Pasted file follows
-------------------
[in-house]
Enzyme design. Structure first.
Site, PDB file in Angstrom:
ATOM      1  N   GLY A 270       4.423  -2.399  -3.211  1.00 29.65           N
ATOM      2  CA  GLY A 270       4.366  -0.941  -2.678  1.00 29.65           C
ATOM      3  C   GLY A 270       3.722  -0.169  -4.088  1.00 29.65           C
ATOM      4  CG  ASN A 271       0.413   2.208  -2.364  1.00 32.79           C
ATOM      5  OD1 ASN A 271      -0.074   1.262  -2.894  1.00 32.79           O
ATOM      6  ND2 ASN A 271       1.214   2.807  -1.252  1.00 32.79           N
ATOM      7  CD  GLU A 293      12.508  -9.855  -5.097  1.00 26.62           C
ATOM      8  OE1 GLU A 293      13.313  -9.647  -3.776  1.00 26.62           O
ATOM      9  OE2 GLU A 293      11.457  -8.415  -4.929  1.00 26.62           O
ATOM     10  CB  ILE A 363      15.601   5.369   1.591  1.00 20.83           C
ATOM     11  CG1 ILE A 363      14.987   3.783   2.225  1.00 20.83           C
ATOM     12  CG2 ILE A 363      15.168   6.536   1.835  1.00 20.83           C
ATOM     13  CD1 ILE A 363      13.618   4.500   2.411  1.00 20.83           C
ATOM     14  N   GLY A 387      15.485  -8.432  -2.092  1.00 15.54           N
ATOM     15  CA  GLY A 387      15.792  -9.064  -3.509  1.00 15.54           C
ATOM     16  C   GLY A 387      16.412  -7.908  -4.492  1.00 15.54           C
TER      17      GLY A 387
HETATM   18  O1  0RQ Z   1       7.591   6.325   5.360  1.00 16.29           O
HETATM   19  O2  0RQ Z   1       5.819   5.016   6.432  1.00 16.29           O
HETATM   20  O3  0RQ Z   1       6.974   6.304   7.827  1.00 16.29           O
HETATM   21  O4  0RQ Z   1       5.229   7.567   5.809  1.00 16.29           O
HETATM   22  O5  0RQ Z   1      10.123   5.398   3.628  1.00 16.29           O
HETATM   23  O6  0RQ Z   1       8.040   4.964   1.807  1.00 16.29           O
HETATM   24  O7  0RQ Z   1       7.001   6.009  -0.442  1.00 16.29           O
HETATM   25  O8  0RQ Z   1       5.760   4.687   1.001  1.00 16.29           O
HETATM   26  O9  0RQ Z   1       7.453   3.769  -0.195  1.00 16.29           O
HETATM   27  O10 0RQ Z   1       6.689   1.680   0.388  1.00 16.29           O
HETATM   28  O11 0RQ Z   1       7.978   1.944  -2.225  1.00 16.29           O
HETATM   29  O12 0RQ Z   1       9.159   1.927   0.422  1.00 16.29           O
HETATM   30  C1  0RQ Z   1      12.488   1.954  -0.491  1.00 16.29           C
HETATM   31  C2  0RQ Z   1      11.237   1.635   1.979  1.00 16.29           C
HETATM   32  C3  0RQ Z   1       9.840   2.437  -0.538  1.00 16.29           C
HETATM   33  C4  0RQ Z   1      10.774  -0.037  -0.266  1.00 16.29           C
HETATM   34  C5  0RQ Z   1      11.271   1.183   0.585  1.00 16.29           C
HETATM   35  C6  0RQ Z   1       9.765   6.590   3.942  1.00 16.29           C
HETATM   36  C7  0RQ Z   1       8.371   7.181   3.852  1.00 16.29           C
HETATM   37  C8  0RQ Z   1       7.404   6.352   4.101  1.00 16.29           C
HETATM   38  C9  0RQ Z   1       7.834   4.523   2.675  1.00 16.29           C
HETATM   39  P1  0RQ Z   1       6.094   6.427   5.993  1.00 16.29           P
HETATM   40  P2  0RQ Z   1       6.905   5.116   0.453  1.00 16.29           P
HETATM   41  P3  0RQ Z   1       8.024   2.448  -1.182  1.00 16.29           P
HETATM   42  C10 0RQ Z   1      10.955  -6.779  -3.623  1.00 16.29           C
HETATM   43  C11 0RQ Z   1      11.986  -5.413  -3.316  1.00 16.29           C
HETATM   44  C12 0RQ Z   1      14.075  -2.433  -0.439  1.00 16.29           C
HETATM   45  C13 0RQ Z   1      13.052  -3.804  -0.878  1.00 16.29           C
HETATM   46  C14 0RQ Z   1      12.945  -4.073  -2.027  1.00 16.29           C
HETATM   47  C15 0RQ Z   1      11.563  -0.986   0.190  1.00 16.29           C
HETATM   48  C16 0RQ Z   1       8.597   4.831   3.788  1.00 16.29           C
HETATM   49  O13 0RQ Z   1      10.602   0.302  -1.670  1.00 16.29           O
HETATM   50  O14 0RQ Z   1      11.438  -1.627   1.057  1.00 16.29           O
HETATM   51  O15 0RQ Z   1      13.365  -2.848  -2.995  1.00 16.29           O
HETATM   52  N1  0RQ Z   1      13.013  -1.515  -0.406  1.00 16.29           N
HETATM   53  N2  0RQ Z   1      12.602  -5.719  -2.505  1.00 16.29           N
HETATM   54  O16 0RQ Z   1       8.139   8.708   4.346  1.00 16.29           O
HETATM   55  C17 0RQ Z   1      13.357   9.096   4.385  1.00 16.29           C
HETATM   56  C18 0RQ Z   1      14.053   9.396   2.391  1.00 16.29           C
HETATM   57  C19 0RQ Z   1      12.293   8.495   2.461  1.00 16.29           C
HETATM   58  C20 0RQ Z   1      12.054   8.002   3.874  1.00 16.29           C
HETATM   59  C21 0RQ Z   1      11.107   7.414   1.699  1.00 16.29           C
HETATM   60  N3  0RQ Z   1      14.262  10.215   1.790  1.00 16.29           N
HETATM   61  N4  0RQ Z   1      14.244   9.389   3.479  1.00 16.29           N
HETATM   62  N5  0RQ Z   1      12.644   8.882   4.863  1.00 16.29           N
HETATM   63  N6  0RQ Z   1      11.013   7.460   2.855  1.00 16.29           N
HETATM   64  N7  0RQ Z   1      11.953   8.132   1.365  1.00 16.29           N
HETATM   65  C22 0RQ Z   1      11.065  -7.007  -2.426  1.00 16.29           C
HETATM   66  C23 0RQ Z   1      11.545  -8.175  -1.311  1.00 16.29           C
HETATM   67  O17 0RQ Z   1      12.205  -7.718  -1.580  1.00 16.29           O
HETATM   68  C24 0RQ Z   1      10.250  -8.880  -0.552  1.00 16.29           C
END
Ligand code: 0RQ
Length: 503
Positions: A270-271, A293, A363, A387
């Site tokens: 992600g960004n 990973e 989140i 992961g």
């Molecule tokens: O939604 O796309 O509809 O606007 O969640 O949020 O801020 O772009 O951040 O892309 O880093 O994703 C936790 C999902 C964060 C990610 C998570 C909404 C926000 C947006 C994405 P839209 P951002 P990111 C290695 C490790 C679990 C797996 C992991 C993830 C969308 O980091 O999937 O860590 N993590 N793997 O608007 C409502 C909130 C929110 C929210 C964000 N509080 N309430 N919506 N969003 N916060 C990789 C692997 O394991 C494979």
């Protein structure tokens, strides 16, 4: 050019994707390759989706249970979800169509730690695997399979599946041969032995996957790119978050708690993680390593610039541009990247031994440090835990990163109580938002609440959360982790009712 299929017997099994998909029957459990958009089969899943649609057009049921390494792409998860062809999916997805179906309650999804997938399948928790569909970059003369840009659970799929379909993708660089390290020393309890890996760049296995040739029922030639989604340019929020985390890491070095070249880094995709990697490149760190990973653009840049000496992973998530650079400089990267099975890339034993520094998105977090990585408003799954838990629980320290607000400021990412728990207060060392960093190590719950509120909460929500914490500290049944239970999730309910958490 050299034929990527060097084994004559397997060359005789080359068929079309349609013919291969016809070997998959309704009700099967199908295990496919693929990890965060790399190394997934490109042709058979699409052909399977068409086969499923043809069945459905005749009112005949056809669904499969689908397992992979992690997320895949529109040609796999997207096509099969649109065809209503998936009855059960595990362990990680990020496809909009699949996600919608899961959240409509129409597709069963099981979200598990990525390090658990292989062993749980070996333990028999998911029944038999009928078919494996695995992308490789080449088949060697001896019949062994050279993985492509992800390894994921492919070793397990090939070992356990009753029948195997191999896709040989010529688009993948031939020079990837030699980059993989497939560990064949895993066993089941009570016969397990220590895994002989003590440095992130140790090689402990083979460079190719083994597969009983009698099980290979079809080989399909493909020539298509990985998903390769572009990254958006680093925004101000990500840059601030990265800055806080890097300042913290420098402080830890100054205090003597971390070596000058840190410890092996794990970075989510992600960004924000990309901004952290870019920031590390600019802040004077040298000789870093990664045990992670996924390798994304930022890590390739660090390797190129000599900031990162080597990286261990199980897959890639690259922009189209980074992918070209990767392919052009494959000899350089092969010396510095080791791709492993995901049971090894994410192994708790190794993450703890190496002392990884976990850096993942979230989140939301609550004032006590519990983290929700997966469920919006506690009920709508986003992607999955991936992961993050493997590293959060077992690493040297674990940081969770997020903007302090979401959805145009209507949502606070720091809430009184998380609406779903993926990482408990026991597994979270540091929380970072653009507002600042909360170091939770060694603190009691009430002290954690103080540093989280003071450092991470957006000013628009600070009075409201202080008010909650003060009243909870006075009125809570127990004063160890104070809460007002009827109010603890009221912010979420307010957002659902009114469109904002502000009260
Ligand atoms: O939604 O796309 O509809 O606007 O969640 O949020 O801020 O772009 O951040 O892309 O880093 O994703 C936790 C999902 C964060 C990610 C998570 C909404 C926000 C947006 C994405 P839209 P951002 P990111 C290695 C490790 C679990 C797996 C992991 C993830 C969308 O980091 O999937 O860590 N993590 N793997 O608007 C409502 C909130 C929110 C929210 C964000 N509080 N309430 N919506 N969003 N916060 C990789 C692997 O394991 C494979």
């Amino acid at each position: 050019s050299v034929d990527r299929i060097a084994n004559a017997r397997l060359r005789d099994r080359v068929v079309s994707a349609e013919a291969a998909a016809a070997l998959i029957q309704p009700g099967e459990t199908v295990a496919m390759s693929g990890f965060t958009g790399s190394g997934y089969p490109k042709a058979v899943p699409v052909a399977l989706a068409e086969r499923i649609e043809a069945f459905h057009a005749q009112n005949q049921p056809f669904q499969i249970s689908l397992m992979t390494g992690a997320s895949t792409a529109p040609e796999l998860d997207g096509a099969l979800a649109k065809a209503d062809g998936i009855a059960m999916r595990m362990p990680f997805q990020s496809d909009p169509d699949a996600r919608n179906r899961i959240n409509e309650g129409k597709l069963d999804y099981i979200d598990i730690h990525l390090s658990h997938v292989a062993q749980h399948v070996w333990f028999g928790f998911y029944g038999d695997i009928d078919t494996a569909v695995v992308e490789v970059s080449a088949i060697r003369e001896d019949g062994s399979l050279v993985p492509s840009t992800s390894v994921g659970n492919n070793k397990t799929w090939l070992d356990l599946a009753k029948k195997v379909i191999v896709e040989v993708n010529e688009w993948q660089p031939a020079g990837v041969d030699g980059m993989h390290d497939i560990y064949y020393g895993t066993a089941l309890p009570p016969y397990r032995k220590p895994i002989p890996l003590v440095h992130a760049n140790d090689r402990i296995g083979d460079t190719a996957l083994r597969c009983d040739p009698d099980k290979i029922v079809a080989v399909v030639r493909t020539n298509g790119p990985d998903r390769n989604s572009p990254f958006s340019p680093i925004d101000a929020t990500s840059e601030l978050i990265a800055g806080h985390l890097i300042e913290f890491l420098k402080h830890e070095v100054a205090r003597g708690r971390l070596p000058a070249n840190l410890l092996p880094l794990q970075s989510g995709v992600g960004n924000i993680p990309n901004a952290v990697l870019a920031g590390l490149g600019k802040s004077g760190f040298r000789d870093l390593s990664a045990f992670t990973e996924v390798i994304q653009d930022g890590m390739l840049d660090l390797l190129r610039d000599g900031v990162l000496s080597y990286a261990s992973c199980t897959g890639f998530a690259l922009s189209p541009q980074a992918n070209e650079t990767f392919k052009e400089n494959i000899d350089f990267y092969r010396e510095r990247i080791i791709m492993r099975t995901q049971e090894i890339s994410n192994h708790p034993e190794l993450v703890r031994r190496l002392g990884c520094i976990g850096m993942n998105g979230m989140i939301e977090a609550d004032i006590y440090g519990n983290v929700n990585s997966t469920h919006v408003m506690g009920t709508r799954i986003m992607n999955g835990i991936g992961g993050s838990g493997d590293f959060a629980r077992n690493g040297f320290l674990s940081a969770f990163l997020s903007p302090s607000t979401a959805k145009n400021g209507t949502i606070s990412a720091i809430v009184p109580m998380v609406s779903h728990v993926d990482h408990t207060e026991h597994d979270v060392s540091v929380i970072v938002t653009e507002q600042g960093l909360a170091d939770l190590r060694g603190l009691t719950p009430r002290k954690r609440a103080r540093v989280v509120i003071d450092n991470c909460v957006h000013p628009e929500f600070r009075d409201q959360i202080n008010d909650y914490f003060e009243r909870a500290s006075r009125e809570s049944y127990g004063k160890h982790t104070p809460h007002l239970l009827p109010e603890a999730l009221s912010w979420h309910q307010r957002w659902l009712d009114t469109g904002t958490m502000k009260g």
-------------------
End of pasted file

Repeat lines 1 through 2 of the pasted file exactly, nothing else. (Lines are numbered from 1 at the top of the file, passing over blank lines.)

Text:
[in-house]
Enzyme design. Structure first.